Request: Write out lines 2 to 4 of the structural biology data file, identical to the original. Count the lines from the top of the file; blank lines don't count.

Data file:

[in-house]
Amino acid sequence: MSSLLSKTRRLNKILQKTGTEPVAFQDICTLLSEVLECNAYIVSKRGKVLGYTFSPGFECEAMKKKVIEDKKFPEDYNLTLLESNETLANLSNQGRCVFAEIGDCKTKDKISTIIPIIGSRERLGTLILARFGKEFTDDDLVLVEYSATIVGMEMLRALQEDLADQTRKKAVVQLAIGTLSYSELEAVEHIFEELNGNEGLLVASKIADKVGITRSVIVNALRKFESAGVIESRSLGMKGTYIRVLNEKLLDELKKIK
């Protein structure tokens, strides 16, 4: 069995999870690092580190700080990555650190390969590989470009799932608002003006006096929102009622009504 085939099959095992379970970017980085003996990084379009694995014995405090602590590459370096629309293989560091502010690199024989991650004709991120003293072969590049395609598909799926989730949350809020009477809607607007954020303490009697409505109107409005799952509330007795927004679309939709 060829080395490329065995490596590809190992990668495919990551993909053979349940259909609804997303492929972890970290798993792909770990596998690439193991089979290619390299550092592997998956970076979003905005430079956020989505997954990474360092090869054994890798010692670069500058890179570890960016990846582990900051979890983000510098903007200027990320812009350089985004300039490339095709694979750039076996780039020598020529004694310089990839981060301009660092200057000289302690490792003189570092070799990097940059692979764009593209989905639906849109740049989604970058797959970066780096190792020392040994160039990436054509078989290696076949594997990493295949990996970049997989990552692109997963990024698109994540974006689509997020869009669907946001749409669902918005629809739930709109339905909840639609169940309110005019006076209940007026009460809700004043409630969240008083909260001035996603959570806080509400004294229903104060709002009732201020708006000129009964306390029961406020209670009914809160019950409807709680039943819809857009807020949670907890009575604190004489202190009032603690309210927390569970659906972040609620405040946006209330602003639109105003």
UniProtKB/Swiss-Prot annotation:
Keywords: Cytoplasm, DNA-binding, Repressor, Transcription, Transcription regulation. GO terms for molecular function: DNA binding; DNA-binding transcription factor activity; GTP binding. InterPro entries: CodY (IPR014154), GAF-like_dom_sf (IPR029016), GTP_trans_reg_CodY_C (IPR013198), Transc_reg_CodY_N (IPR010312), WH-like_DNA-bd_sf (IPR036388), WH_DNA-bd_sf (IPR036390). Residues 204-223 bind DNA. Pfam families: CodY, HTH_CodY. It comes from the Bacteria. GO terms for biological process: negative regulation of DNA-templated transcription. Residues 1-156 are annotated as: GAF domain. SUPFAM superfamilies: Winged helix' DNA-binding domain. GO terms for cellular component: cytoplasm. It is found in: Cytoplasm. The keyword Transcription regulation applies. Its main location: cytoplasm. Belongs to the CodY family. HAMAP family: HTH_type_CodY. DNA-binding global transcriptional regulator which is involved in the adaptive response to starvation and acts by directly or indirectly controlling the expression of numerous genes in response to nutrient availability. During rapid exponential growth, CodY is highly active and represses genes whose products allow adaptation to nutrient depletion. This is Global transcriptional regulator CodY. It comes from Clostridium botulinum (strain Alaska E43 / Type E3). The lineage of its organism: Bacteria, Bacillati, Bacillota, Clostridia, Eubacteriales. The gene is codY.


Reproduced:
Amino acid sequence: MSSLLSKTRRLNKILQKTGTEPVAFQDICTLLSEVLECNAYIVSKRGKVLGYTFSPGFECEAMKKKVIEDKKFPEDYNLTLLESNETLANLSNQGRCVFAEIGDCKTKDKISTIIPIIGSRERLGTLILARFGKEFTDDDLVLVEYSATIVGMEMLRALQEDLADQTRKKAVVQLAIGTLSYSELEAVEHIFEELNGNEGLLVASKIADKVGITRSVIVNALRKFESAGVIESRSLGMKGTYIRVLNEKLLDELKKIK
């Protein structure tokens, strides 16, 4: 069995999870690092580190700080990555650190390969590989470009799932608002003006006096929102009622009504 085939099959095992379970970017980085003996990084379009694995014995405090602590590459370096629309293989560091502010690199024989991650004709991120003293072969590049395609598909799926989730949350809020009477809607607007954020303490009697409505109107409005799952509330007795927004679309939709 060829080395490329065995490596590809190992990668495919990551993909053979349940259909609804997303492929972890970290798993792909770990596998690439193991089979290619390299550092592997998956970076979003905005430079956020989505997954990474360092090869054994890798010692670069500058890179570890960016990846582990900051979890983000510098903007200027990320812009350089985004300039490339095709694979750039076996780039020598020529004694310089990839981060301009660092200057000289302690490792003189570092070799990097940059692979764009593209989905639906849109740049989604970058797959970066780096190792020392040994160039990436054509078989290696076949594997990493295949990996970049997989990552692109997963990024698109994540974006689509997020869009669907946001749409669902918005629809739930709109339905909840639609169940309110005019006076209940007026009460809700004043409630969240008083909260001035996603959570806080509400004294229903104060709002009732201020708006000129009964306390029961406020209670009914809160019950409807709680039943819809857009807020949670907890009575604190004489202190009032603690309210927390569970659906972040609620405040946006209330602003639109105003």
UniProtKB/Swiss-Prot annotation: